Kris Bryant Rumors
MLB.com's Jonathan Mayo was asked on Twitter where high school outfielder Clint Frazier, whom many expect to go in the Top 10 of the MLB Draft, ranks in comparison to high school talents from previous drafts. Mayo notes that it's hard to ignore hindsight and view players in the same light as he did when they were amateurs, but he ranked Frazier as the eighth-best talent among 36 high school hitters selected in the first round dating back to 2009. Here's more on the draft...
- The Astros have six players on their draft board but Frazier looks to be edging out Austin Meadows, leaving them with Frazier, Mark Appel, Jonathan Gray, Kris Bryant and Colin Moran, according to Brian T. Smith of the Houston Chronicle. Bryant and Frazier are seen as dark horses if the team decides Appel and Gray aren't worth the money they're asking. Should Scott Boras and Appel highball the Astros, money will become an issue. Smith notes that it's very close between Appel and Gray, adding that Gray has ties to the Astros and is open to negotiating (All links to Smith's Twitter account).
- Cubs president Theo Epstein, GM Jed Hoyer, top scouting/player development executive Jason McLeod and amateur scouting director Jaron Madison are currently in Oklahoma City to meet with Gray, writes Gordon Wittenmyer of the Chicago Sun-Times. The Cubs are still expected to take either Gray or Appel at No. 2 overall.
- Bill Kiser of MLB.com profiles prep right-hander Hunter Harvey, whose stock has risen enough that he's considered a likely first-rounder. Harvey is the son of former MLB closer Bryan Harvey, who saved an AL-best 46 saves in 1991 and made two All-Star teams. The younger Harvey has a 0.38 ERA and 116 strikeouts in 54 2/3 high school innings this season. Harvey, whose fastball sits in the mid-90s and has touched 97, also features a solid curveball. Mayo had him going 25th to the Giants in his mock draft, while John Sickels of Minorleagueball.com has him going 30th to the Rangers and ESPN's Keith Law (Insider req'd) has him at No. 24 to the Athletics.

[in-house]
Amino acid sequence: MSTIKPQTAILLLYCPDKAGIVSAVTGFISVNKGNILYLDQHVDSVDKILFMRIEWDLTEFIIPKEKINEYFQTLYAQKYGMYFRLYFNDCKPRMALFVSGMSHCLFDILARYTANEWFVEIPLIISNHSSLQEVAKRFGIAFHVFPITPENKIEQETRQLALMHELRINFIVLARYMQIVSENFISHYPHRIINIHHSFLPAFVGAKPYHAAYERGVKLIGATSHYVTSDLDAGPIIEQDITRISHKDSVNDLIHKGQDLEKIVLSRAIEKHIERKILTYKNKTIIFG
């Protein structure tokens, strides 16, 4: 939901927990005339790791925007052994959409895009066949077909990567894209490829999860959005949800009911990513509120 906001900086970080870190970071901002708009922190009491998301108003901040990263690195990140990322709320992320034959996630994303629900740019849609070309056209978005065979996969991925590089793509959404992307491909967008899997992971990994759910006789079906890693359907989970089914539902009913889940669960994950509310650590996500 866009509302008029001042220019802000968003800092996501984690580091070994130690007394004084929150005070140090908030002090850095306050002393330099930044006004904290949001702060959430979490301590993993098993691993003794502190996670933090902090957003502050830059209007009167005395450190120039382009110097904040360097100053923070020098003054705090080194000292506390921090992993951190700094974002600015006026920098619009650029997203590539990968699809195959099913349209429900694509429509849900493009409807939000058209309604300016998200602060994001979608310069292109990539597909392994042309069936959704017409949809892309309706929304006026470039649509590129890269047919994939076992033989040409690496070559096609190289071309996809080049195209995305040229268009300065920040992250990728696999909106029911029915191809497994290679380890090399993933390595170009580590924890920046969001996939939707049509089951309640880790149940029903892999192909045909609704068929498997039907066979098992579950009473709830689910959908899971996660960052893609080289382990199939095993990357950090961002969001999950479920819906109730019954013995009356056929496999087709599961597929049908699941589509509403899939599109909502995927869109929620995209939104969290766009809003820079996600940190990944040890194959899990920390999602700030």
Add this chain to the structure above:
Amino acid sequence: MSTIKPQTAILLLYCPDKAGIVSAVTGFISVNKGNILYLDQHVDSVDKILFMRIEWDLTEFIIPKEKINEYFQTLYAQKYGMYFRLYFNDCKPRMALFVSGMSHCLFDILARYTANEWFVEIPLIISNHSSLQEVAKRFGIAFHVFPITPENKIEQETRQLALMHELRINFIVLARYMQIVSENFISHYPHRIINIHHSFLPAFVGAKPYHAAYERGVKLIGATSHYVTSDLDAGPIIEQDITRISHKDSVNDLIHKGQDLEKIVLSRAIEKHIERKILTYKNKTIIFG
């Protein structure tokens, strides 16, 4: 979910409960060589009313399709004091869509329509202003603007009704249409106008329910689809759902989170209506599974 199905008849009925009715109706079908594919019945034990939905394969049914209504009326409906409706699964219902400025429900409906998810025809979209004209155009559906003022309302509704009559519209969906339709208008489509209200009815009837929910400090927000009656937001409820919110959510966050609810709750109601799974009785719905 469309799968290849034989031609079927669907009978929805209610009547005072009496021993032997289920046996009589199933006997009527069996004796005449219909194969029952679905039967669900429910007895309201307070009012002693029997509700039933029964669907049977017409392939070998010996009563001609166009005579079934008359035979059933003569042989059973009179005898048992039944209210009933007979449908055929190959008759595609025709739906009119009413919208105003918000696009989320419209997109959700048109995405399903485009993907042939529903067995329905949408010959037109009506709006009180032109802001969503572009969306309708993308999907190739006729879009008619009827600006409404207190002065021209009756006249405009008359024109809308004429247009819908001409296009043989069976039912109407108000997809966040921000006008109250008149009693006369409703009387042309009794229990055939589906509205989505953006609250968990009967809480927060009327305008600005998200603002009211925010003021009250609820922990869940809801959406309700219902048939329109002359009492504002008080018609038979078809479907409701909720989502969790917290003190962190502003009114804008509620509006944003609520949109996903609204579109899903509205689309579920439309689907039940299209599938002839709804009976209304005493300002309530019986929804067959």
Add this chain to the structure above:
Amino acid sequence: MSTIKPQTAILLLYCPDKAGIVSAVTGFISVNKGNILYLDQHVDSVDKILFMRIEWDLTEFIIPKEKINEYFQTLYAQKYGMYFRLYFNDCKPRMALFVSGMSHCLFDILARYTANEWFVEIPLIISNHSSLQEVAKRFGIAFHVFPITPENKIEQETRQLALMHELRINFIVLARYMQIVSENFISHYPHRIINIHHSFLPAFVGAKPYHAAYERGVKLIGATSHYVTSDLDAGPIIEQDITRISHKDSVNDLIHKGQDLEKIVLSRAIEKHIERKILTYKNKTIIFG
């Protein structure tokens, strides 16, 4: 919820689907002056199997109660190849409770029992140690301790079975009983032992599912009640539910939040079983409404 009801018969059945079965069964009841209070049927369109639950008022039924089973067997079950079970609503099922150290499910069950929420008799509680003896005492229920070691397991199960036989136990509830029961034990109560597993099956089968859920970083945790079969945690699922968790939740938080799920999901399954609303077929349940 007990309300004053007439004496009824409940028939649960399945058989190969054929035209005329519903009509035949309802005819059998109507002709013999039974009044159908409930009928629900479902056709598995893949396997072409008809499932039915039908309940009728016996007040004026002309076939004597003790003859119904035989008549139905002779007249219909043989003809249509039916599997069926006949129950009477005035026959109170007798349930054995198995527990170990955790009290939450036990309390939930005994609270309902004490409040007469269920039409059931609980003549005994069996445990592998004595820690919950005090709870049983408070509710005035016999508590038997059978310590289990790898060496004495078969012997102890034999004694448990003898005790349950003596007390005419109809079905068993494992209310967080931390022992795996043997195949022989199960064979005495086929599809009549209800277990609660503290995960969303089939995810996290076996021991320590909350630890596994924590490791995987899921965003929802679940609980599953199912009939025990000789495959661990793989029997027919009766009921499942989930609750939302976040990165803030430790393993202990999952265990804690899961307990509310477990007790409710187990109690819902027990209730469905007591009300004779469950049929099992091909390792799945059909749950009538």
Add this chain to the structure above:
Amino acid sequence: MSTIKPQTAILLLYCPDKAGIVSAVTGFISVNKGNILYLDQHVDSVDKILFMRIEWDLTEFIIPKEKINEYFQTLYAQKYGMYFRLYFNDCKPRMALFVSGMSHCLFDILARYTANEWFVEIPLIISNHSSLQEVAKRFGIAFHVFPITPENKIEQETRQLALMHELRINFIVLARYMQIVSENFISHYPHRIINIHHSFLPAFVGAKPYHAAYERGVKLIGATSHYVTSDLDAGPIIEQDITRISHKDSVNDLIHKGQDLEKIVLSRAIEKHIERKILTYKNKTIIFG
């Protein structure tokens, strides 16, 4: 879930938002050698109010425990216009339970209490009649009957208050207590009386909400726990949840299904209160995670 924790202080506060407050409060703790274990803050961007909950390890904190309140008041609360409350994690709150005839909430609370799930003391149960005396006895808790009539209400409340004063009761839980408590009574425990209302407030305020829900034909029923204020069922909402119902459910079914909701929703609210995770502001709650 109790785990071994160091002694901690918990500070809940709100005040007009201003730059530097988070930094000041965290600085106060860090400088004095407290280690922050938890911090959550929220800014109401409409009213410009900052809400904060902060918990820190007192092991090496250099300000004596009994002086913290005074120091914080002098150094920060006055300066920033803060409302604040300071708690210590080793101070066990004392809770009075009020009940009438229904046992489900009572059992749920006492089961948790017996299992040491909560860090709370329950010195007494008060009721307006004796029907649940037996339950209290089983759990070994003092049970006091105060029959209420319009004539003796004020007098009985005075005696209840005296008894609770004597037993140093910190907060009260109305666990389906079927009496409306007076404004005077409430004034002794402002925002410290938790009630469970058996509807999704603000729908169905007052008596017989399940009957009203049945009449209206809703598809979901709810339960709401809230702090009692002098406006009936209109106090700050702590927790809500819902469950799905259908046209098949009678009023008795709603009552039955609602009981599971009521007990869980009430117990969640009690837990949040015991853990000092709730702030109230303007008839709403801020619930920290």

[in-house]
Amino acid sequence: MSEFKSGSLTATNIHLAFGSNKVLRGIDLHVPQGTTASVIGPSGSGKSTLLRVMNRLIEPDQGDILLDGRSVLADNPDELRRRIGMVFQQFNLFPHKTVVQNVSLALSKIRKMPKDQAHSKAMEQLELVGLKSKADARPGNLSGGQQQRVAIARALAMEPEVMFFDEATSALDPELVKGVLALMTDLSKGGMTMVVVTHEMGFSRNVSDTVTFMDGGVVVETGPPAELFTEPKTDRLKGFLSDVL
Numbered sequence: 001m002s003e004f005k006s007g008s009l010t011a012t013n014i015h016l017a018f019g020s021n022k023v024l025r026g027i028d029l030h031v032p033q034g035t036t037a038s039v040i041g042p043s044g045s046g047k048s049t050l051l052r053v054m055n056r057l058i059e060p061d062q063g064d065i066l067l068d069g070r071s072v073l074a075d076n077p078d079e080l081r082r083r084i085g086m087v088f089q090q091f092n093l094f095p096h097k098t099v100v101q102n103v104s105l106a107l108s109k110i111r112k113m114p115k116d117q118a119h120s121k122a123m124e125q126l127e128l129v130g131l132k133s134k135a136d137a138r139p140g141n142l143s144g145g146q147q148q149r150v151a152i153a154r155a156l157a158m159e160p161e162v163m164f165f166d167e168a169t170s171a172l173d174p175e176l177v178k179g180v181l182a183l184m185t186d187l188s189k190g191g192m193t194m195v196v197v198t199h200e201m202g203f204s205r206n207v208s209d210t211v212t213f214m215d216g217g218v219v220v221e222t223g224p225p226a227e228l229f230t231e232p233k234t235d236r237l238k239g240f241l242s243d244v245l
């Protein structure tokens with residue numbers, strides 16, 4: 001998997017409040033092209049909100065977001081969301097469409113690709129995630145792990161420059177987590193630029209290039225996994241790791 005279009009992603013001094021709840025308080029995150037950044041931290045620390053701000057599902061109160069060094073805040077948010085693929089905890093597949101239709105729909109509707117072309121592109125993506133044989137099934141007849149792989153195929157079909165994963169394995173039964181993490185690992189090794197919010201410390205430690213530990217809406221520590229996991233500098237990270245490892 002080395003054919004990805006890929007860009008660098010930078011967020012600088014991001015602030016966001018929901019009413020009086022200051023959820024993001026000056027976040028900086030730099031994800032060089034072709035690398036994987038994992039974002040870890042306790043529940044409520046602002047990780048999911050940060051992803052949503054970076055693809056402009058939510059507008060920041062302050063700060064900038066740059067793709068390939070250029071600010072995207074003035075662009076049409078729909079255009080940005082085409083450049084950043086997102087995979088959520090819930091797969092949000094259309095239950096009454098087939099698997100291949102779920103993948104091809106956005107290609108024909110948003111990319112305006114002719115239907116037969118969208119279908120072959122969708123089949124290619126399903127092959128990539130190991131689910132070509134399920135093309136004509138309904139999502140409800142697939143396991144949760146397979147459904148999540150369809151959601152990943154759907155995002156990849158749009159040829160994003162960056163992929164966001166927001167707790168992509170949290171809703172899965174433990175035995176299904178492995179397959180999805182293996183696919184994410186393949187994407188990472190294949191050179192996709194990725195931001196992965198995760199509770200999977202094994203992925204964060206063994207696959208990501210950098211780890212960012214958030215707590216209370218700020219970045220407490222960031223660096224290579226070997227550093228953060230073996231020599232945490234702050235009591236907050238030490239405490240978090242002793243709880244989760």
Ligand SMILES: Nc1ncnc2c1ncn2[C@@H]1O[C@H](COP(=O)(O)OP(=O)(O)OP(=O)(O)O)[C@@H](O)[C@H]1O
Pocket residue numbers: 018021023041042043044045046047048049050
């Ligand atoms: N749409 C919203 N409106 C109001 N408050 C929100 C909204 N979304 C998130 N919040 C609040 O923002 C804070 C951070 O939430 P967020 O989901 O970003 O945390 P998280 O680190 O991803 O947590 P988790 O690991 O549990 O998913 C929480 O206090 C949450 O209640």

The new draft slotting system essentially allows teams to "trade down" with themselves, writes Dave Cameron of Fangraphs. Cameron uses the Astros' selection of Carlos Correa last year as an example, stating that by saving money on the No. 1 overall pick and re-investing their draft pool later on Lance McCullers Jr. and Rio Ruiz, the team employed the same philosophy that NFL and NBA teams do when they trade down: increase the quantity of good talent rather than focus on one elite player. Cameron adds that such a tactic is highly risky, as the No. 1 overall slot has produced significantly more value (in terms of WAR) than even the No. 2 and No. 3 spots in the draft, historically speaking. He does concede that in years without a consensus No. 1 talent, the strategy can make a lot of sense. Here are Wednesday's draft-related tidbits...
- The Marlins are likely to focus on college players early on, specifically position players, writes Clark Spencer of the Miami Herald. Spencer writes that the Fish will likely select San Diego third baseman/outfielder Kris Bryant or UNC third baseman Colin Moran if either is available at No. 6. If both are gone, they could shift to Nevada right-hander Braden Shipley and target a bat later on.
- The Rockies are also eyeing Kris Bryant at the No. 3 spot, tweets Troy Renck of the Denver Post. Bryant, regarded as the most powerful bat in the draft, has been popping up in rumors more and more as the draft nears. Some feel he has No. 1 overall potential.
- After focusing heavily on high school pitching in last year's draft, the Padres are likely to focus on bats, assistant GM of player personnel Chad MacDonald tells Chris Jenkins of the San Diego Union-Tribune. Particularly, the Friars will be looking for middle infield help.